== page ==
A Financial Failure
September 28, 2011 by Chip Wood
Do you think we’ve seen some financial turmoil this year? Let me tell you what happened 13 years ago this week, when one of the most highly touted investment vehicles ever created failed.
On Sept. 22, 1998, Long-Term Capital Management shocked the financial markets when it revealed that it was at risk of imploding and destroying billions of investors’ dollars when it did.
LTCM was founded and backed by some really smart and really wealthy people. But in 1998, disaster struck. When a series of interest-rate bets went bad, the company lost $4.6 billion in a matter of months.
“At the beginning of 1998, LTCM had equity of $4.72 billion, with borrowed capital of more than $124.5 billion and assets of about $129 billion,” wrote Adnan Siddiqi and Peter Hrubi in Islamic Investments Funds Versus Hedge Funds. “From the beginning of 1998 until September 1998, LTCM’s equity fell from $4.72 billion to $600 million… Total losses were found to be $4.6 billion.”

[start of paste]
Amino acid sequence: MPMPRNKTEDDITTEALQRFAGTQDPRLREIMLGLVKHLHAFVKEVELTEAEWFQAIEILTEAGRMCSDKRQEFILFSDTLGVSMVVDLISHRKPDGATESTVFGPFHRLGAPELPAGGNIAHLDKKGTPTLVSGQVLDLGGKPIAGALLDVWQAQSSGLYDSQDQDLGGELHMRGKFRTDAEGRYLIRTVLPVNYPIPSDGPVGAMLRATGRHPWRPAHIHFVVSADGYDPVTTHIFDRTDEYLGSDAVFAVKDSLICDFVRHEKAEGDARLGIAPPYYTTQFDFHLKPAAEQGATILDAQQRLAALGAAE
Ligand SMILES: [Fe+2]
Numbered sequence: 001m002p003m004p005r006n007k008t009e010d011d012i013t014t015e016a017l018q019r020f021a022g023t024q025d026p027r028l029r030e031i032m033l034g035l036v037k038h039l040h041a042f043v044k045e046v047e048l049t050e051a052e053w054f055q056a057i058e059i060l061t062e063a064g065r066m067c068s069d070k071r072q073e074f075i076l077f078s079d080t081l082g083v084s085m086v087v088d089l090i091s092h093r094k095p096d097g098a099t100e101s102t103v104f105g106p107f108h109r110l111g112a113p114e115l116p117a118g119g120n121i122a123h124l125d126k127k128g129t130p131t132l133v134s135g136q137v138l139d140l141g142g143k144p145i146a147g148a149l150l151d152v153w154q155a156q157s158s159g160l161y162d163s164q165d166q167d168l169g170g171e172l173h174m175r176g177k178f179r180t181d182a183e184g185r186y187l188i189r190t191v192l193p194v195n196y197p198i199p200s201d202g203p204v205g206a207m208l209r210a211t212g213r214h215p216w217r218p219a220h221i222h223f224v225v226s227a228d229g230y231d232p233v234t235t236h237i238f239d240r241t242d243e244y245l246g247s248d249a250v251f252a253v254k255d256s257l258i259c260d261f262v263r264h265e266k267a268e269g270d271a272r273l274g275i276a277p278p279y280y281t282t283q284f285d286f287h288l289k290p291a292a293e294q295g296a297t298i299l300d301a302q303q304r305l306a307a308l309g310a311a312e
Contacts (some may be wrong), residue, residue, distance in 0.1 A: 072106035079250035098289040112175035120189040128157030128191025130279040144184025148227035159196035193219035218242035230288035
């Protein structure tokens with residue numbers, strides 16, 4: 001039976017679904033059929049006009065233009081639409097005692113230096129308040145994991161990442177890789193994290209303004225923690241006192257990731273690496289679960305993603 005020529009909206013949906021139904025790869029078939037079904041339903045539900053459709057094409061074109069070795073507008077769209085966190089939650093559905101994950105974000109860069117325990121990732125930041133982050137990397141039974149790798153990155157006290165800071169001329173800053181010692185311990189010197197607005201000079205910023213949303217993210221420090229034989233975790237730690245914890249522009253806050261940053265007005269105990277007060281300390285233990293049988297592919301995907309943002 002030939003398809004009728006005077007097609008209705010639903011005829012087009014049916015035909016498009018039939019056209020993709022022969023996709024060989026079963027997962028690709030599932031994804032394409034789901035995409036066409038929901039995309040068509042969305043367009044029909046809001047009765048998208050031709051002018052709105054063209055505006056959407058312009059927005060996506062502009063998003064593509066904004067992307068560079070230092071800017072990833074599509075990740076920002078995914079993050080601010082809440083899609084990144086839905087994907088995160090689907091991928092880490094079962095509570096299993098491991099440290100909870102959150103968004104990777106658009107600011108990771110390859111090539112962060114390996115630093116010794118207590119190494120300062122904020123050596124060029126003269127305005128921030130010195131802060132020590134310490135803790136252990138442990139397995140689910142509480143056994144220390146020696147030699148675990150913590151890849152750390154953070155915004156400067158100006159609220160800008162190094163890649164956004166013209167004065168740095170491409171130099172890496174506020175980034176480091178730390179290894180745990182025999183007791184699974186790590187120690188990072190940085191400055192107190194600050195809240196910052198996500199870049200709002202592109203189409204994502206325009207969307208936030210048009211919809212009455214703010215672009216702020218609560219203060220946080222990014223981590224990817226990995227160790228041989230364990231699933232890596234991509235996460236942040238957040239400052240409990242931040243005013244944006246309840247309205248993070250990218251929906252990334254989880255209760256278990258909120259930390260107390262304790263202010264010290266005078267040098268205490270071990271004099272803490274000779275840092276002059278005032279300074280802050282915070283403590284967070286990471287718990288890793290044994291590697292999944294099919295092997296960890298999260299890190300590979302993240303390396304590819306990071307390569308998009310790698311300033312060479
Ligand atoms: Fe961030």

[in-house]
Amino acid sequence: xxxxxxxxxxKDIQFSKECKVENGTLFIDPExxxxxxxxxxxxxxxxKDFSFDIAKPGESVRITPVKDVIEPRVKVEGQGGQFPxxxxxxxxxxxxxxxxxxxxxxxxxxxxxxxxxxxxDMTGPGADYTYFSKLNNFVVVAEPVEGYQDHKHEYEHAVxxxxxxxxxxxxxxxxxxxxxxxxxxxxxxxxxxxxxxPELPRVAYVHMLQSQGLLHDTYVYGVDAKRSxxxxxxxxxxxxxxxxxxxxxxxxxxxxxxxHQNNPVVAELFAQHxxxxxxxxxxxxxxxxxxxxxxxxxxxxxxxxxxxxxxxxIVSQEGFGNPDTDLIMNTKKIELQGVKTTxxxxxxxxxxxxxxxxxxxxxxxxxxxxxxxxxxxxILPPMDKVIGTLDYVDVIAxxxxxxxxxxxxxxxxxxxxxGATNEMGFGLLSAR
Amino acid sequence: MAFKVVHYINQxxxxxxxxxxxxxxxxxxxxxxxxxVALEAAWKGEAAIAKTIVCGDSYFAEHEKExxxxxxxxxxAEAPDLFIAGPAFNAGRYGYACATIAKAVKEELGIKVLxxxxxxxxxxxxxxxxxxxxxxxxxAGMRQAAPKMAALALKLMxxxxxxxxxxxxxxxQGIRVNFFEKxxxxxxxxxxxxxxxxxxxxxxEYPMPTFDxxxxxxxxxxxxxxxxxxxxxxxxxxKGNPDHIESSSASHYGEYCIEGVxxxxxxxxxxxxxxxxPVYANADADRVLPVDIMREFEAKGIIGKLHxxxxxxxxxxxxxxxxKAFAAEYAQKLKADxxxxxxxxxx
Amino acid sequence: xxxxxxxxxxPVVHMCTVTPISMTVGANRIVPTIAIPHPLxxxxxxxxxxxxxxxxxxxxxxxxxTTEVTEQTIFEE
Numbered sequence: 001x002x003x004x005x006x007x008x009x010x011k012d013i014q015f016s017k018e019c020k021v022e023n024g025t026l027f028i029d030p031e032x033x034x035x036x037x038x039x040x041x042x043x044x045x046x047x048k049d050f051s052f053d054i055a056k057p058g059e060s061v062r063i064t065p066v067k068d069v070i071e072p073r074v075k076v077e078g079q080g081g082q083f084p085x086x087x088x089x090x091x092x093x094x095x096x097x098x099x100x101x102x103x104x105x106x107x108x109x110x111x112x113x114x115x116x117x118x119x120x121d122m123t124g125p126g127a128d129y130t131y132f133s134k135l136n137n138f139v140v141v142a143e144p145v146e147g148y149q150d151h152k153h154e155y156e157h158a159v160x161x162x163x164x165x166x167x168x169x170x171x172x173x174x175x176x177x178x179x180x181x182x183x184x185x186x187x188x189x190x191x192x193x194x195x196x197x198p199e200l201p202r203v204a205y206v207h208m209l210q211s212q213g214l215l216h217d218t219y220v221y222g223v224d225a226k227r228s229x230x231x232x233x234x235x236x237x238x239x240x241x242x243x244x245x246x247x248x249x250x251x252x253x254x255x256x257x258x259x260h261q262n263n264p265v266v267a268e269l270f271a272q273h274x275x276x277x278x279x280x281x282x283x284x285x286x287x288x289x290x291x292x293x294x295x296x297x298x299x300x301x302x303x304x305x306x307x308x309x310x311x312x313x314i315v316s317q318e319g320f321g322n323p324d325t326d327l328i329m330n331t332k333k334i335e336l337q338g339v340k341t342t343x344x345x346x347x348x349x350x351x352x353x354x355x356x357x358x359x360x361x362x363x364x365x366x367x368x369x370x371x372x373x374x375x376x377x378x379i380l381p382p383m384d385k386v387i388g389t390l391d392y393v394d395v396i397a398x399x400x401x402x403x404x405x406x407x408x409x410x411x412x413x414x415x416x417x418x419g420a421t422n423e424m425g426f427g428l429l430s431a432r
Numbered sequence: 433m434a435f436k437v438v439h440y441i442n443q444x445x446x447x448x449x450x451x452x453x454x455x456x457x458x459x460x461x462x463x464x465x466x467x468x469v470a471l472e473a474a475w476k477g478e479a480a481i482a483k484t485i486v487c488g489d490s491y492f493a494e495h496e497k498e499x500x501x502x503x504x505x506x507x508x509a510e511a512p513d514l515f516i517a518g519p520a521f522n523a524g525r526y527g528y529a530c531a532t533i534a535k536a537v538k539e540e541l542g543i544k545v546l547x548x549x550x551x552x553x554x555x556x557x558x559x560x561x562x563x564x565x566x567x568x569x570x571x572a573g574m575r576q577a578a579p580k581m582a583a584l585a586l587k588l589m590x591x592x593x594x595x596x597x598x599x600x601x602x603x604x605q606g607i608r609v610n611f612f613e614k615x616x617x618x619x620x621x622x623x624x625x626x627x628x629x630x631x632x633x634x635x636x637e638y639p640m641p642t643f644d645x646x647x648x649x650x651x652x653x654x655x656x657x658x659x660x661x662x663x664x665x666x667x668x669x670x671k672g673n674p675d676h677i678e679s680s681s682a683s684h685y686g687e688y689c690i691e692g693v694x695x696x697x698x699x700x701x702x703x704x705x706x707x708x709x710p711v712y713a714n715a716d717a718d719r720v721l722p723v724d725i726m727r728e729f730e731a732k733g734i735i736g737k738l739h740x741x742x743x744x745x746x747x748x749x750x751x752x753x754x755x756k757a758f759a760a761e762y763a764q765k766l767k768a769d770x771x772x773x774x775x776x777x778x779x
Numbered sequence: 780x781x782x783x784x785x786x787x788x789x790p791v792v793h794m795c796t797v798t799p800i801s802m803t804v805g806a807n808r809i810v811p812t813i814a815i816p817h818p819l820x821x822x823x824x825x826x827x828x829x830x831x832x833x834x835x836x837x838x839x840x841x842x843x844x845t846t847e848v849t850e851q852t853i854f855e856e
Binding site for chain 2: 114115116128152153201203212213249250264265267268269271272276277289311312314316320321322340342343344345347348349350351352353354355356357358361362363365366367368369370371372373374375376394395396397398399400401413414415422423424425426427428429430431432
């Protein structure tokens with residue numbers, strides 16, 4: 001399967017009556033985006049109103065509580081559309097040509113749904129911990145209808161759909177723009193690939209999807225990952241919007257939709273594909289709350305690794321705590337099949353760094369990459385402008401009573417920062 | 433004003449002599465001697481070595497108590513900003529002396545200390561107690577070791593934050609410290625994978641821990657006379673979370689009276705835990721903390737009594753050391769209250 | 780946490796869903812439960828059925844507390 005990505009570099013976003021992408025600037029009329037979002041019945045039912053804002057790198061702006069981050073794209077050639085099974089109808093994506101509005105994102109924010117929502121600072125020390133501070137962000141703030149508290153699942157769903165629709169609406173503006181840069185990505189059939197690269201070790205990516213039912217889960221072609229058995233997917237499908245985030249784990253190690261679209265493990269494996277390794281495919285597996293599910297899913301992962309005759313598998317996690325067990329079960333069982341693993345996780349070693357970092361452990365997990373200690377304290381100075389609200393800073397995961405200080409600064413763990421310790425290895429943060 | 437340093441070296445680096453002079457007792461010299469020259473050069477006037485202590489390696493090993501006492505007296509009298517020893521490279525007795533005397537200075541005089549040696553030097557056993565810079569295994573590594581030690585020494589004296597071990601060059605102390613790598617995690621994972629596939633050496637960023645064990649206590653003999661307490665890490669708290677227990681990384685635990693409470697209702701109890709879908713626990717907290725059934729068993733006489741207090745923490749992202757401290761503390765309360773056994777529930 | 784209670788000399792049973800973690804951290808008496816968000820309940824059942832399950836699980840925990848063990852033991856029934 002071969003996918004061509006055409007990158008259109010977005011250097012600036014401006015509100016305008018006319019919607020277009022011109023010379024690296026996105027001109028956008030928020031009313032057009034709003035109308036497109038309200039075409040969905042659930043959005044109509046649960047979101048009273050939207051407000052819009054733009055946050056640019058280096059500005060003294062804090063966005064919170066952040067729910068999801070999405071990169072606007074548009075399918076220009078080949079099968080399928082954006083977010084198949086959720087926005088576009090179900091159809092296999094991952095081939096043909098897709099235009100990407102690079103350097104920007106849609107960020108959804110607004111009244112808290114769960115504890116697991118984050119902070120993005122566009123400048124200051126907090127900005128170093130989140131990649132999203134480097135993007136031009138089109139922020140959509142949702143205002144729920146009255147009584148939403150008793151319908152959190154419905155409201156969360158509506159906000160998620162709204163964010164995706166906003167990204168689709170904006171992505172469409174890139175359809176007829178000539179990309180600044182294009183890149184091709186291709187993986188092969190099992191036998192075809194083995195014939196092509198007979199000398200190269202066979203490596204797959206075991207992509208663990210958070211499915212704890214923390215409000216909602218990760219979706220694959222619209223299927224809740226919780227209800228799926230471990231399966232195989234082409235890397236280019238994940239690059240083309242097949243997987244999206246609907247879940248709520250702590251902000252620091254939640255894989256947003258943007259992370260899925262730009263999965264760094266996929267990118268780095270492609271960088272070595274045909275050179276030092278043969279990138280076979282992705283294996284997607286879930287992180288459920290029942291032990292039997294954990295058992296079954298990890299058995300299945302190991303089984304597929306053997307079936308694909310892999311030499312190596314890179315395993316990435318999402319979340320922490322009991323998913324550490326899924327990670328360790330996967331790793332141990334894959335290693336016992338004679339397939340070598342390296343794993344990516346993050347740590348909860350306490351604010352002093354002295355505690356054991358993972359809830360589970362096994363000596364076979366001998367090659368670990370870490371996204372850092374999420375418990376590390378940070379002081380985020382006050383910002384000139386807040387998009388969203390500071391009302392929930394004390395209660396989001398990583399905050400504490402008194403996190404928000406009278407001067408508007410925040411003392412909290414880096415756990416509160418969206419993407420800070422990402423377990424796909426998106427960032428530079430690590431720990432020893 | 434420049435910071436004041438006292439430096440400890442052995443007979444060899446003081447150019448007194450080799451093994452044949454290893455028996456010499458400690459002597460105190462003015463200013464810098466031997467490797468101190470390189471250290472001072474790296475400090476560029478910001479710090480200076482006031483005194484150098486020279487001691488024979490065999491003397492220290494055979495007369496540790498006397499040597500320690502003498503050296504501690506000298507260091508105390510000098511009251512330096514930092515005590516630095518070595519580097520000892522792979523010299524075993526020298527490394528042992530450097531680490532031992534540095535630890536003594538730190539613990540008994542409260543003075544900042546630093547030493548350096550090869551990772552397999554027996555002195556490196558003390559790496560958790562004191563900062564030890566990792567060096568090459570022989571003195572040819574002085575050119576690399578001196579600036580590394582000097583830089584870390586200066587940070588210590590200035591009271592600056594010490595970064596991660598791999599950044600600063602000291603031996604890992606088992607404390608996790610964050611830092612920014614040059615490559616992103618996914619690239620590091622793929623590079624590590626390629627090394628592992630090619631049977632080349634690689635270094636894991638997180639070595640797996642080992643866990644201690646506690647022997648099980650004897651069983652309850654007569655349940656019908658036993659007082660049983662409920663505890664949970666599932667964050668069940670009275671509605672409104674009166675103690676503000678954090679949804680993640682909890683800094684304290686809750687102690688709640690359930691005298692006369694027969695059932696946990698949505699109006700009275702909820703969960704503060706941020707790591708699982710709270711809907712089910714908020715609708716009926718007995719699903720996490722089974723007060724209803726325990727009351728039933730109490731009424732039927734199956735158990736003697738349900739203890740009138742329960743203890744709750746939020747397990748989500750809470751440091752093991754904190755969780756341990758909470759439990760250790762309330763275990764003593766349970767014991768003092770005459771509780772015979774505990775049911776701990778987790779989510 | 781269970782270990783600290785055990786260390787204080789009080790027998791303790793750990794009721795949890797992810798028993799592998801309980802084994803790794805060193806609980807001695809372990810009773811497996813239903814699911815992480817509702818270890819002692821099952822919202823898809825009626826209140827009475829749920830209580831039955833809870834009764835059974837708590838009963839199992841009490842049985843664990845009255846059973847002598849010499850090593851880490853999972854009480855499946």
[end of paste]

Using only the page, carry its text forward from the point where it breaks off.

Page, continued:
Faced with a potential financial catastrophe, the Federal Reserve organized a bailout of $3.625 billion from 15 investment banks. “On September 29, 1998 the control of the LTCM was passed on to Oversight Partner 1 LLC,” wrote Siddiqi and Hrubi.
There was an extraordinary amount of weeping, wailing and gnashing of teeth over the LTCM bailout back in 1998. It seems hard to believe all the fuss was over a “mere” $3.6 billion, doesn’t it? Especially since Uncle Sucker … I mean Uncle Sam … has spent more than $1 trillion since then, in a futile effort to revive our flagging economy.
The more it changes, the more it all stays the same — except the price tag keeps getting higher.